Closed loop scrubber systems do have a number of critical considerations that owners and operators are well advised to examine when determining their suitability for specific vessels. As outlined in the first part of this three part series, Cleanship Solutions take great care to analyse these aspects when conducting scrubber feasibility studies on behalf of our ship owner and operators clients, and feel it important to share these considerations with the wider community.
Compared to the open loop system, the closed loop system is considerably more complex, and requires a number of additional components. The entire wash water system requires a number of storage and holding tanks, as well as additional water treatment equipment that the open loop system does not require. With the closed loop systems also having to treat the bleed off water and discharge it overboard, albeit on a smaller scale compared to open loop systems, the issues and challenges associated with discharging scrubber discharge water overboard also remain.
Chemical Handling & Storage
Closed loop systems require artificial adjustment of scrubbing liquid alkalinity levels – this is typically achieved using chemical dosing. In many cases, the chemical of choice is caustic soda (NaOH), which is considered readily available in most countries, however, sodium hydroxide is also used by some systems.
Regardless of the chemical or compound used for alkalinity adjustment, additional storage tanks will be required onboard, to safely store the chemicals for use, and may, in many cases, require careful temperature and humidity control to ensure chemical stability.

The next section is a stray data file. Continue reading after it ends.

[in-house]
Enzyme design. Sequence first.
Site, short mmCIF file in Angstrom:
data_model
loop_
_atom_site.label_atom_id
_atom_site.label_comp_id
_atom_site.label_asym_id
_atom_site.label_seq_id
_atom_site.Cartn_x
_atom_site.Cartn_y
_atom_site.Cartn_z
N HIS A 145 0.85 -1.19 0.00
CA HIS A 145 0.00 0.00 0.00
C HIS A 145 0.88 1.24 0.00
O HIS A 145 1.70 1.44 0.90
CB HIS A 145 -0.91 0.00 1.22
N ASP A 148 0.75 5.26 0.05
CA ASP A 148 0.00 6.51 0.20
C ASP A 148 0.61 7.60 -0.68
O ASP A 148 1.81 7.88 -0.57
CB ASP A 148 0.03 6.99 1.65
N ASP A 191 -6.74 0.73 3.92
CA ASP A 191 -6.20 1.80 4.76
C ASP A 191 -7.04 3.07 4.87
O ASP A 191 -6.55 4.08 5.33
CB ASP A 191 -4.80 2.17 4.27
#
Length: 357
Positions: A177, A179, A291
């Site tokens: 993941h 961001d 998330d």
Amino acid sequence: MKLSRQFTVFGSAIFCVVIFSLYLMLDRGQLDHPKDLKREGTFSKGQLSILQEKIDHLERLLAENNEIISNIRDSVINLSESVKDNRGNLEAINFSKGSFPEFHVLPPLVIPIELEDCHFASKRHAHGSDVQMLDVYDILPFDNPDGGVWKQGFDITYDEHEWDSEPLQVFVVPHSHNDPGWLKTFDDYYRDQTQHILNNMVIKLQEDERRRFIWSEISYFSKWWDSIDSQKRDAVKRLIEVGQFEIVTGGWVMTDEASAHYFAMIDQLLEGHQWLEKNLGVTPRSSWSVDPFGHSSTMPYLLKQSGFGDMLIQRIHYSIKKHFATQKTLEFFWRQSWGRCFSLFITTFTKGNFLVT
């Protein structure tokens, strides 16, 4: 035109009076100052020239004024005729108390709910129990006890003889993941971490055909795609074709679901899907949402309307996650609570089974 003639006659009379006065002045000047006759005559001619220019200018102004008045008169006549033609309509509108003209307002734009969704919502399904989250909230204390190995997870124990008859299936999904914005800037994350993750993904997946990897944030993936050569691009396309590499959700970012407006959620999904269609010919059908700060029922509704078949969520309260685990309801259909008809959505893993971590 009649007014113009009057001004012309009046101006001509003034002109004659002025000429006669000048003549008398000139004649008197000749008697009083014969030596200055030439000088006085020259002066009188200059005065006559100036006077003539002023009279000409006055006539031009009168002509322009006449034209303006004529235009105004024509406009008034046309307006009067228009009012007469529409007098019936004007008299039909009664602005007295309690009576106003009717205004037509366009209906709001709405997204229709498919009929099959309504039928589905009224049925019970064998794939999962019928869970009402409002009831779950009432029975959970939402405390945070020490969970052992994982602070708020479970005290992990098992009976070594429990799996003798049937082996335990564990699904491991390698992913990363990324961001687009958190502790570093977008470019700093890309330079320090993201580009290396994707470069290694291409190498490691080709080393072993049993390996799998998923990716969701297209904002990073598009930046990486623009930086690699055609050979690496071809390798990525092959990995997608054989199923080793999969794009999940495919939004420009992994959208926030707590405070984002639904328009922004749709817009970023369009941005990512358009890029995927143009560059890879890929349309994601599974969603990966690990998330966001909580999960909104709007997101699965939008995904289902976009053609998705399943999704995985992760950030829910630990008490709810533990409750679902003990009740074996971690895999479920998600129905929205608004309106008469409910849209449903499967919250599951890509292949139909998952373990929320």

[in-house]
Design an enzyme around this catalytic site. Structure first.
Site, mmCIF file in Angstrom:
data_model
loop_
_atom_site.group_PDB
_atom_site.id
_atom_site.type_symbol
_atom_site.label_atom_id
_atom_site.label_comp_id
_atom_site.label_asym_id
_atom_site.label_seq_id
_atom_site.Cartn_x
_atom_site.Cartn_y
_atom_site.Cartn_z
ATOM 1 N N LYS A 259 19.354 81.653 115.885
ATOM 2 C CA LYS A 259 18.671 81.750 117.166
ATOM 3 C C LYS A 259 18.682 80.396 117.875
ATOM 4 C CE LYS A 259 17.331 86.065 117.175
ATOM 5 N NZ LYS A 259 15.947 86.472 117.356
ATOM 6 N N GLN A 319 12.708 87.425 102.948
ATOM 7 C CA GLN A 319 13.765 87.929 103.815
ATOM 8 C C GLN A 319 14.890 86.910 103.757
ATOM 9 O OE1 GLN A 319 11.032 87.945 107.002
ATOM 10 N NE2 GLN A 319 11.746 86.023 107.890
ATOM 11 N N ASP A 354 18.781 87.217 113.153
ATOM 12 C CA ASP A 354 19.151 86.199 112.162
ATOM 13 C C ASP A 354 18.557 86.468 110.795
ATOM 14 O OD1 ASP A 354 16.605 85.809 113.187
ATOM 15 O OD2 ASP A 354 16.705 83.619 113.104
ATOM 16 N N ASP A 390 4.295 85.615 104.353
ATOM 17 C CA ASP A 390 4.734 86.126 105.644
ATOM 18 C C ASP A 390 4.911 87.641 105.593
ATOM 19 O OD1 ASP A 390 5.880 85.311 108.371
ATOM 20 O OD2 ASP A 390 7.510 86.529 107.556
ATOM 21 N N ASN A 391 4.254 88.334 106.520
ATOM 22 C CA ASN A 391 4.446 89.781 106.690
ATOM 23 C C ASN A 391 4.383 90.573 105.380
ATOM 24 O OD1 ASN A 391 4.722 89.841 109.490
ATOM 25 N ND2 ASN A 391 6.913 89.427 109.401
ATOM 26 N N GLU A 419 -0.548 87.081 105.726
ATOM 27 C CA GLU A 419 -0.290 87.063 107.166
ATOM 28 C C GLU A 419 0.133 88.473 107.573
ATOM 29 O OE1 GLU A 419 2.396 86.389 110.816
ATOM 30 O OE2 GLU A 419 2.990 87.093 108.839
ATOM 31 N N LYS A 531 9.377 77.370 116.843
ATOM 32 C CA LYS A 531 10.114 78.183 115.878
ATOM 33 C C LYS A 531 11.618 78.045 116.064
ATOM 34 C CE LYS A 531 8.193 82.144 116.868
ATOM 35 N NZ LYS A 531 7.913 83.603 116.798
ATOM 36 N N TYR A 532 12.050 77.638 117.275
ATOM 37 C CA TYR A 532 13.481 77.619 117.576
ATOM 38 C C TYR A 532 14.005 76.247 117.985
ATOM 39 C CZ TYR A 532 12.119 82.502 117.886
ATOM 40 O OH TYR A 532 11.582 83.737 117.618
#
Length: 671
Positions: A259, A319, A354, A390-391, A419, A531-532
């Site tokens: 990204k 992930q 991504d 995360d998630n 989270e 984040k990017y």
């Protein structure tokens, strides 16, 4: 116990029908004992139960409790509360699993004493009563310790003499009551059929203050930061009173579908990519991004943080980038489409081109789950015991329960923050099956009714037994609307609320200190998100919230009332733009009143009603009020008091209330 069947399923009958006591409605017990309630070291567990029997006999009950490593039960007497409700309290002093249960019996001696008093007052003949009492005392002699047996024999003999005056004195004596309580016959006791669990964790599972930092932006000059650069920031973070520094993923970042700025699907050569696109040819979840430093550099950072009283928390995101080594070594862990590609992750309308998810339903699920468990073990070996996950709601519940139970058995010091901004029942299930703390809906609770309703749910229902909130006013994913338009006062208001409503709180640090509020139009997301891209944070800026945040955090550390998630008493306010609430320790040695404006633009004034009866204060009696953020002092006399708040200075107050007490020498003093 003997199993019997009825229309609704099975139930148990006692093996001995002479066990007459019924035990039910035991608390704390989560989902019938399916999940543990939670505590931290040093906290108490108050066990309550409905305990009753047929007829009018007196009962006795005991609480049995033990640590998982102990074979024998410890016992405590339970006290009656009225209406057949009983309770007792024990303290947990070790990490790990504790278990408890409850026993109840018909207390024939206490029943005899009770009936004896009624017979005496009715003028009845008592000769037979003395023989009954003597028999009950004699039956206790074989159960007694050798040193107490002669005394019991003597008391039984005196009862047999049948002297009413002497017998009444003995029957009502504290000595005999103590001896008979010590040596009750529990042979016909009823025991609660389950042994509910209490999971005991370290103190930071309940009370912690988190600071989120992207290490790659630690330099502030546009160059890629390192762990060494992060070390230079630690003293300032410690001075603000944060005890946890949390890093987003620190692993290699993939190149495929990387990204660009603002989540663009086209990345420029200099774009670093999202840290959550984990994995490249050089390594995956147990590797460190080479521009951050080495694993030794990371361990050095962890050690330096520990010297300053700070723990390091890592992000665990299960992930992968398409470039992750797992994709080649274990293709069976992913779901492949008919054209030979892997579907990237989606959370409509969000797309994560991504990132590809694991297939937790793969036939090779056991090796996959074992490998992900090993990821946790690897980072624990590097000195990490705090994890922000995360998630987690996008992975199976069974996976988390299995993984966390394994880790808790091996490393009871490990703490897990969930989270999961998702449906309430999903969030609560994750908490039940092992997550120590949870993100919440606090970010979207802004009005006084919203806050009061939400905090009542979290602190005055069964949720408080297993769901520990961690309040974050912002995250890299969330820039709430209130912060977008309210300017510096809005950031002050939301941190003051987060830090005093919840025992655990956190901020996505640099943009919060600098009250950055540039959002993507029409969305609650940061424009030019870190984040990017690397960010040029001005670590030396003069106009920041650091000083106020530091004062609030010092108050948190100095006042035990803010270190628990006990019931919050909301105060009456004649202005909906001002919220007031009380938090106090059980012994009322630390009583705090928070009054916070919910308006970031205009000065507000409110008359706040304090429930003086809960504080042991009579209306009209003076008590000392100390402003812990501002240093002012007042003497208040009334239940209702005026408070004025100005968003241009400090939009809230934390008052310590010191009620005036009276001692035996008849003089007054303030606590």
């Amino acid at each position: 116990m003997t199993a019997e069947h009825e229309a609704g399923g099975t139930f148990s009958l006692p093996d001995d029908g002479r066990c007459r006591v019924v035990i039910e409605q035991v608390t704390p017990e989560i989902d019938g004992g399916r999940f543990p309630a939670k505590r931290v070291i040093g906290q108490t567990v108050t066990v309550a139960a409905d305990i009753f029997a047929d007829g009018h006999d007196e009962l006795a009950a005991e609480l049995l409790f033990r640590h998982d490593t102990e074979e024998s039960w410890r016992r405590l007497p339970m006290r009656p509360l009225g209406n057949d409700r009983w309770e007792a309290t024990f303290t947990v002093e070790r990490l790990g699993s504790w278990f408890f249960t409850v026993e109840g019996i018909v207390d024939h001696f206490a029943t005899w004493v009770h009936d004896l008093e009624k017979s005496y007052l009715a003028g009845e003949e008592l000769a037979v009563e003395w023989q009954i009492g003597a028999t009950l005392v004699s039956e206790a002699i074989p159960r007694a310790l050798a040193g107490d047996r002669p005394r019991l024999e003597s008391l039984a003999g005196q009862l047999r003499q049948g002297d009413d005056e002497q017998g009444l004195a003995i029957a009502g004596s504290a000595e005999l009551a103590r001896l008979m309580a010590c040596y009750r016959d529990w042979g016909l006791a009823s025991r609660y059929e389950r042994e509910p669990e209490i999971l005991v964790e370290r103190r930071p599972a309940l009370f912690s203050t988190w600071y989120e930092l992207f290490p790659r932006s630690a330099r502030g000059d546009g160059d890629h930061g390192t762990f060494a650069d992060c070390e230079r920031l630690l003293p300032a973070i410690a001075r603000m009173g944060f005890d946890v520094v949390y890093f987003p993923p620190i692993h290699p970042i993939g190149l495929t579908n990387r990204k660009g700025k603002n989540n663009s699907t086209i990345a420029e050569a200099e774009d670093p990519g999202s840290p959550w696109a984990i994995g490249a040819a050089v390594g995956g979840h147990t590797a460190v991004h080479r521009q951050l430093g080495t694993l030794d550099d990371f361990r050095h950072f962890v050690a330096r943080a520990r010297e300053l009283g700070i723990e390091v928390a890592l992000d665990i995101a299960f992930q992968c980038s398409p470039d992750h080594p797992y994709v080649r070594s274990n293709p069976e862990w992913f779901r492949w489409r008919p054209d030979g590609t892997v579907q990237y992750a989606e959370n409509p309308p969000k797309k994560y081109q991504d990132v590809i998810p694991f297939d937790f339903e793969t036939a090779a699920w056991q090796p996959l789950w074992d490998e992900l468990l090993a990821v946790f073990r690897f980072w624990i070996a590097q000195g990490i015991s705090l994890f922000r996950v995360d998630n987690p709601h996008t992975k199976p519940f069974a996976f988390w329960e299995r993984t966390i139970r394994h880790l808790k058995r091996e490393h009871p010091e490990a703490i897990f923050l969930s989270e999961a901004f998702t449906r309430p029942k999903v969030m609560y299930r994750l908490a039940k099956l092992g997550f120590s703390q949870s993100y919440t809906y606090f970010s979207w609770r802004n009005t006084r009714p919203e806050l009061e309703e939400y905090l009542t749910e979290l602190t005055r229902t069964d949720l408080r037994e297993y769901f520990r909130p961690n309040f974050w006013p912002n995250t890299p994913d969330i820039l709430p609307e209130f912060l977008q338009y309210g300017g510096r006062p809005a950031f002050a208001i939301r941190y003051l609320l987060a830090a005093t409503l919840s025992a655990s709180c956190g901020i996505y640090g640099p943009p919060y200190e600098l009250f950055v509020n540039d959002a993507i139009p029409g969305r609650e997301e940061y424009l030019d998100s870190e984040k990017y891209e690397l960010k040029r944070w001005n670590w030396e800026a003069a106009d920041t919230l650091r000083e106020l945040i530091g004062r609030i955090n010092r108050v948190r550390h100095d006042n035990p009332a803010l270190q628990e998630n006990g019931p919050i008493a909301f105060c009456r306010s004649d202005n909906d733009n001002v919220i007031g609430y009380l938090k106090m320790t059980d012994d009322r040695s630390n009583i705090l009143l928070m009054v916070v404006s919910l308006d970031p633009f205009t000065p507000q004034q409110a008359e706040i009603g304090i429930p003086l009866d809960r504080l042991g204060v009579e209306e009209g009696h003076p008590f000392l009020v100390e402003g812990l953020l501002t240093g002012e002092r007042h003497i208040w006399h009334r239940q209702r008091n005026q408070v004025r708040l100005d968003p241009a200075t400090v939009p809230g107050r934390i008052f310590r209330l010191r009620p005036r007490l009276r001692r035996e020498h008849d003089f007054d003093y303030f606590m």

Finally, vessel crews will also be required to become familiar with the chemical’s storage and handling requirements to ensure safe handling, use and bunkering throughout the vessel’s operation.
Fresh Water Consumption
With closed loop scrubbers requiring bleed off of the wash water, to maintain chemical composition and efficacy of the wash water, there is a very real, and comparatively significant, need for fresh water top up. In some cases, this fresh water top up can be as high as 2.5m3 per day, per MW. Even for modestly powered vessels, this additional fresh water consumption can add up.
In more extreme cases, owners and operators may be faced with upgrading the existing fresh water production plants onboard to meet these requirements, adding not only to the upfront investment costs in the scrubber retrofit, but also ongoing operational costs of the vessel.
Impact on Waste Heat Recovery and SCR Systems
As discussed in part one of our three part series, one of the most detrimental effects of scrubber systems is their impact on the temperature of the exhaust gas. Scrubber systems, due to using low temperature wash water, can significantly lower the temperature of the exhaust gas to the extent that it has a negative impact on any existing exhaust based systems – such as waste heat recovery systems or selective catalytic reduction systems (SCR). Whilst one may intuitively relocate such existing technologies upstream of the scrubber, this too can have negative impacts on the temperature of the exhaust gas, and cause detrimental performance issues on the scrubber. Therefore this process is somewhat iterative and requires close discussions between the scrubber manufacturer and the manufacturer of the waste heat recovery or SCR systems, to ensure both are operating optimally, or, at the very least, within an acceptable compromise.
The closed loop scrubber system is an attractive option for vessel owner and operators – particularly those with vessels trading in areas with low alkalinity levels – making open loop scrubber options unsuitable. However, with a number of critical considerations and technical implications, closed loop scrubbers should ultimately be analysed with other scrubber options, as part of a detailed feasibility analysis.
Cleanship Solutions offer comprehensive scrubber feasibility studies for owners, analysing the various options available and objectively determining the most suitable system for any given vessel. We have no commercial ties to any particular manufacturer, meaning we can offer vessel specific recommendations free of any subjective preference…